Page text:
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Visit Mongolia



Mongolia is known for holding on to its rich culture and traditions, while sampling the modern way of life. Visiting Mongolia, the place of remarkable history and spectacular scenery, is an unmatched, unique experience. This country is located at the heart of Asia and between 2 large neighbors, China and Russia. A large part of this country is dominated by mountains, so if you are a fan of hiking and horse riding, there are plenty of such opportunities for you. In addition, the landscape is also defined by wide grasslands, desert, and plains.

Here are some attractions that are worth to visit when you are in this amazing country.

National Museum of Mongolian History

Located in the center of the city of Ulaanbaatar, the National Museum of Mongolian History contains some of the oldest collections of Mongolian artifacts. The museum boasts more than 40,000 pieces in its collection, ranging from historical items to archeological finds.

The Flaming Cliffs

Early in the morning as the sun rises or in the evening when the sun sets, parts of the Bayan Zag, or Flaming Cliffs, come to life in a spectacle of bright colors. Tourists come to this area of the Gobi Desert to witness the transformation caused by the fading sunlight. The light makes the appearance of the cliff faces change to a sight similar to burning coals as the red sediment in the rocks glows.

Orkhon Khurkhree

The Orkhon Khurkhree waterfall is a popular site for tourists in Mongolia. Waters that flow from the Orkhon and Ulaan rivers form this waterfall. Here, the water cascades 80 feet to a pool below. The waters of the rivers are cold, but some visitors find it irresistible to swim in the water below the falls. The local people do not swim and say that the pool beneath the falls is "bottomless." The falls are located in the eastern foothills of the Khangai Mountains in the central part of Mongolia.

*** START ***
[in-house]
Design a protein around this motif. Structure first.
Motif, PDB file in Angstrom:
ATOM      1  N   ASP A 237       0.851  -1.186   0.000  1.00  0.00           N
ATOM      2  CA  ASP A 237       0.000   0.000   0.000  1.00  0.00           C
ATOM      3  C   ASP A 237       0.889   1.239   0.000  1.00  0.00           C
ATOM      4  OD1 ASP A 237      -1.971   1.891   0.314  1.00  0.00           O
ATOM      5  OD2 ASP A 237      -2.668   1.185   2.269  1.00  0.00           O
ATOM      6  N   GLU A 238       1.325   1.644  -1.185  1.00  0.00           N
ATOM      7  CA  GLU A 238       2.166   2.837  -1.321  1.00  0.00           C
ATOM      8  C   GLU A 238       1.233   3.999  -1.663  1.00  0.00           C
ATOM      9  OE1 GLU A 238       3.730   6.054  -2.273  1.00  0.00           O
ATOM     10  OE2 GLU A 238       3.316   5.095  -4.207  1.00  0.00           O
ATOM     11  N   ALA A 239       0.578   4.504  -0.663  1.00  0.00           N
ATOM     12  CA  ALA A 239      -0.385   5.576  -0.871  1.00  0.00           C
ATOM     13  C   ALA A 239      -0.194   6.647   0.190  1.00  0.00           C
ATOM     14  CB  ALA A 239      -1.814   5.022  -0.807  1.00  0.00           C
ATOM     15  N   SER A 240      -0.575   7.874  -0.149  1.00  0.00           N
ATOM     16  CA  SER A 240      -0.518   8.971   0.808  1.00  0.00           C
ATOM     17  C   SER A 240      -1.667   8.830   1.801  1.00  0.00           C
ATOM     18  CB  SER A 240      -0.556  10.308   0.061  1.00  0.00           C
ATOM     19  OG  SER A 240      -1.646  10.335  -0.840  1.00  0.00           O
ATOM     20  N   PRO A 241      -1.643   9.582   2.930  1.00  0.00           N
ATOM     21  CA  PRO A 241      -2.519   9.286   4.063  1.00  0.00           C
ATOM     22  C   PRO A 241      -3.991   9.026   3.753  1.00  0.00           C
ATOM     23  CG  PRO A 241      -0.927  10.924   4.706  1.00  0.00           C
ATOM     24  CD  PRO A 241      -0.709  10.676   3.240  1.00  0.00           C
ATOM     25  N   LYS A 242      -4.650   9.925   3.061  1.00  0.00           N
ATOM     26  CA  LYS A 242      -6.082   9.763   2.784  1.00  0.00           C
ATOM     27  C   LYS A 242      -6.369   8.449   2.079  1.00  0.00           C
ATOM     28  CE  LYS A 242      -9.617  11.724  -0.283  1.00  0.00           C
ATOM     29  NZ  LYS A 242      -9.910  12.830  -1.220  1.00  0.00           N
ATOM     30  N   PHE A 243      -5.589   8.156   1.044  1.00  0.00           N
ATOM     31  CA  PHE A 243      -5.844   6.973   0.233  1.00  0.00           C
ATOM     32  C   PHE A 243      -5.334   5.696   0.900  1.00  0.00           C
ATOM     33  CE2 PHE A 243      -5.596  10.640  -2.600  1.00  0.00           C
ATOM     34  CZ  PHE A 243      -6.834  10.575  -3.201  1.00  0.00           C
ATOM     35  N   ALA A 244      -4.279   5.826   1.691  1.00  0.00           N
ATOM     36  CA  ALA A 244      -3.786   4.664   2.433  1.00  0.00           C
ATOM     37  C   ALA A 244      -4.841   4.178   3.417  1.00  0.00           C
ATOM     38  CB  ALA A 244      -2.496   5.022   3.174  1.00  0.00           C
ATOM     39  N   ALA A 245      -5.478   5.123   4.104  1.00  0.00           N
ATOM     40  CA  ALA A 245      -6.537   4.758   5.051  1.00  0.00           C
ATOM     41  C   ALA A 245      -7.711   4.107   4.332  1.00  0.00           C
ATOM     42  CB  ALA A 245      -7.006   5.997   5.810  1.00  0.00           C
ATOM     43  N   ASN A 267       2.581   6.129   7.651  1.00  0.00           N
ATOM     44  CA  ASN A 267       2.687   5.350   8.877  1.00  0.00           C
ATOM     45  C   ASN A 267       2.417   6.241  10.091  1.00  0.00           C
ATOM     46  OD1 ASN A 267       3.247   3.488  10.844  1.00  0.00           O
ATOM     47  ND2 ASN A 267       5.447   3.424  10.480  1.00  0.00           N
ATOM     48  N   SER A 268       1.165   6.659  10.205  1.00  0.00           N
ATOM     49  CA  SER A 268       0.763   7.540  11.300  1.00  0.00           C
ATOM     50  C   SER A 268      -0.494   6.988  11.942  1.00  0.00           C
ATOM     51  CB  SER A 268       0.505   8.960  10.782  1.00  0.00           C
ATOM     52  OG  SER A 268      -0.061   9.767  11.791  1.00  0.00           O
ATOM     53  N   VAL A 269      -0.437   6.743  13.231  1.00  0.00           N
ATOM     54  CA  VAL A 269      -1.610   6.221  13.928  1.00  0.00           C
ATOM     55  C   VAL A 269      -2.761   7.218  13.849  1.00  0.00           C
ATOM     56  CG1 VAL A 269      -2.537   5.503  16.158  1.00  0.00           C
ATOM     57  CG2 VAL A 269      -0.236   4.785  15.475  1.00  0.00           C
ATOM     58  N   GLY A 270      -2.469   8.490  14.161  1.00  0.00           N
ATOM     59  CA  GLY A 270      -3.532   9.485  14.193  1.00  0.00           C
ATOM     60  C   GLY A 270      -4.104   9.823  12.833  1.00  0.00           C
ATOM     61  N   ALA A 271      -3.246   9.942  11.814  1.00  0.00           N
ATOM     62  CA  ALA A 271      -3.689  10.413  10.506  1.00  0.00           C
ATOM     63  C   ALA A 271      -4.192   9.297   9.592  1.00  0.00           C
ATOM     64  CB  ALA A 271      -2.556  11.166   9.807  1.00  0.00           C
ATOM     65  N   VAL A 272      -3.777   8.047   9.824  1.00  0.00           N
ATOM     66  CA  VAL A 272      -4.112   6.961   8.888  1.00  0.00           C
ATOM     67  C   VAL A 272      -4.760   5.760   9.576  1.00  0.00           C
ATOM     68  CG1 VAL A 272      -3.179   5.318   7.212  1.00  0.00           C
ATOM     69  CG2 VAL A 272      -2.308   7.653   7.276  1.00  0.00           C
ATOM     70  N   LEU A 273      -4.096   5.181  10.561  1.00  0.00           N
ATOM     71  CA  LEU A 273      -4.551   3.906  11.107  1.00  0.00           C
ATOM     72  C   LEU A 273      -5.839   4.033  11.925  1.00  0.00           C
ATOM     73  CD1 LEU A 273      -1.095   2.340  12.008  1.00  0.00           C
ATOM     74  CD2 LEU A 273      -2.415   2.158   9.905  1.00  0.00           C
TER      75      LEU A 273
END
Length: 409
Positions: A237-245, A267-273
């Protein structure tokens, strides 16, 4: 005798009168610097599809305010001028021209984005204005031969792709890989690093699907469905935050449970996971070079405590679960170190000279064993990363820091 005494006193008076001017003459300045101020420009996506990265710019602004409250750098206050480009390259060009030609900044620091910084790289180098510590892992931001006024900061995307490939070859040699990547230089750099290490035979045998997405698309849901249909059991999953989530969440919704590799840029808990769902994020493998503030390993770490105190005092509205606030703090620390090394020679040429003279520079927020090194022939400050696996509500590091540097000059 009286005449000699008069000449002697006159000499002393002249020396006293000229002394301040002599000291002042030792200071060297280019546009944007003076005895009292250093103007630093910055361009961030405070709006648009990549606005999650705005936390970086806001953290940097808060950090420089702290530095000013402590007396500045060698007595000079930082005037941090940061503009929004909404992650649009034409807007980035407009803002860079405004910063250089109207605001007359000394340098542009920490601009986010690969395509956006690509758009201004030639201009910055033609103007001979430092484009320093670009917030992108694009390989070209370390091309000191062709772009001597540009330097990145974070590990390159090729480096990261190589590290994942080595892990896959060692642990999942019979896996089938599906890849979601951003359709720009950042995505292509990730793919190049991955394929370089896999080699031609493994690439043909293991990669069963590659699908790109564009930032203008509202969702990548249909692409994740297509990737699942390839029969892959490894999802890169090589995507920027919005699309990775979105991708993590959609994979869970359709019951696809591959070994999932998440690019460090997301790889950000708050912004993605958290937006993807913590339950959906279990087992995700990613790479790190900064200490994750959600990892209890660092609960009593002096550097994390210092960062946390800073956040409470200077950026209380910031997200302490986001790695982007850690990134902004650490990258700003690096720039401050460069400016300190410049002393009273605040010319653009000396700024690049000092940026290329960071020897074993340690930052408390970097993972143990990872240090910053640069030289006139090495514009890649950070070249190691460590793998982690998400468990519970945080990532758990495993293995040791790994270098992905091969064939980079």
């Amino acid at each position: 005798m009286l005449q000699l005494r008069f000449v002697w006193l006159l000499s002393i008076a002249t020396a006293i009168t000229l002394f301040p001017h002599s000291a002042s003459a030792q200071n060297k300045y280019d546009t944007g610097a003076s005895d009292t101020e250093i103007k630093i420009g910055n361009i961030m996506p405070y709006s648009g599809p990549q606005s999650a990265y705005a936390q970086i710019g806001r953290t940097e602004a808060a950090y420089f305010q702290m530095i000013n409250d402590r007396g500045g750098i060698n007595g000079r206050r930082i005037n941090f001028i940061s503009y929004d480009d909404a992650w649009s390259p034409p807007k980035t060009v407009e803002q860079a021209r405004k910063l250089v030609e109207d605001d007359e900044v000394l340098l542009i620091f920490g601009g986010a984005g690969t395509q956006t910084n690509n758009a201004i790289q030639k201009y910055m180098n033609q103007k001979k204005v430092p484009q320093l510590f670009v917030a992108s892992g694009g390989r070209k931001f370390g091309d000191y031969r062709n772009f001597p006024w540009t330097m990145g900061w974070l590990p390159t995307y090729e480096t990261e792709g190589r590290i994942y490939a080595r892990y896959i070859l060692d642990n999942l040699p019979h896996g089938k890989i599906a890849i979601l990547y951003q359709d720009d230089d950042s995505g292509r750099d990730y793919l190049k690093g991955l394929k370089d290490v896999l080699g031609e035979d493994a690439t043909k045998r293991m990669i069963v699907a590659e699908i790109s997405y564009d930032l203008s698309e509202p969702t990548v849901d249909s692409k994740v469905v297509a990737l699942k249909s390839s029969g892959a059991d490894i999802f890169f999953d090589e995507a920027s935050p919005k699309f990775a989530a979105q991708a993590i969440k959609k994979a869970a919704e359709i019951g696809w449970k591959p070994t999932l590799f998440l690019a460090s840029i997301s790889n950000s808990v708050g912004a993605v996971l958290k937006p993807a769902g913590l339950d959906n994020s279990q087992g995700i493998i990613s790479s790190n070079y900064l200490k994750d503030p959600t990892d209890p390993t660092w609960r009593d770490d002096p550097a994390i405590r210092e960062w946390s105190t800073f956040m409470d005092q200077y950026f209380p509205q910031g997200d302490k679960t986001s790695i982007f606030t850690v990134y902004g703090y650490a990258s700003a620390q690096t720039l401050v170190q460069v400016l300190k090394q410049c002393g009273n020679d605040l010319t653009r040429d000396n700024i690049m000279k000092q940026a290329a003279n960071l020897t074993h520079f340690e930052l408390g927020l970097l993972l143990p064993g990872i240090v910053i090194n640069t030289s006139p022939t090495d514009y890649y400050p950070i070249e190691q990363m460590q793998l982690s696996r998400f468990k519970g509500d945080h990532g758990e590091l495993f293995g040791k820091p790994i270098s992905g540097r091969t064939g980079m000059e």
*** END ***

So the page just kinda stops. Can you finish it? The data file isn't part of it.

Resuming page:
Erdene Zuu Monastery

Mongolia's oldest monastery, Erdene Zuu, is located in central Mongolia in Ovorxangai aimag. This monastery was constructed on the site of the former city of Karakorum in 1586. A wall adorned with 108 stupas, a common Mongolian architectural object, and Buddhist tomb surrounds the monastery. There are three zuu temples, all of which have been damaged or destroyed over the ages and then refurbished. Inside the walls, there is also a museum that contains some of the nation's most prized Buddhist treasures. At the lavriin Sum, a Tibetan-style temple, visitors can listen to monks pray and watch locals receive blessings.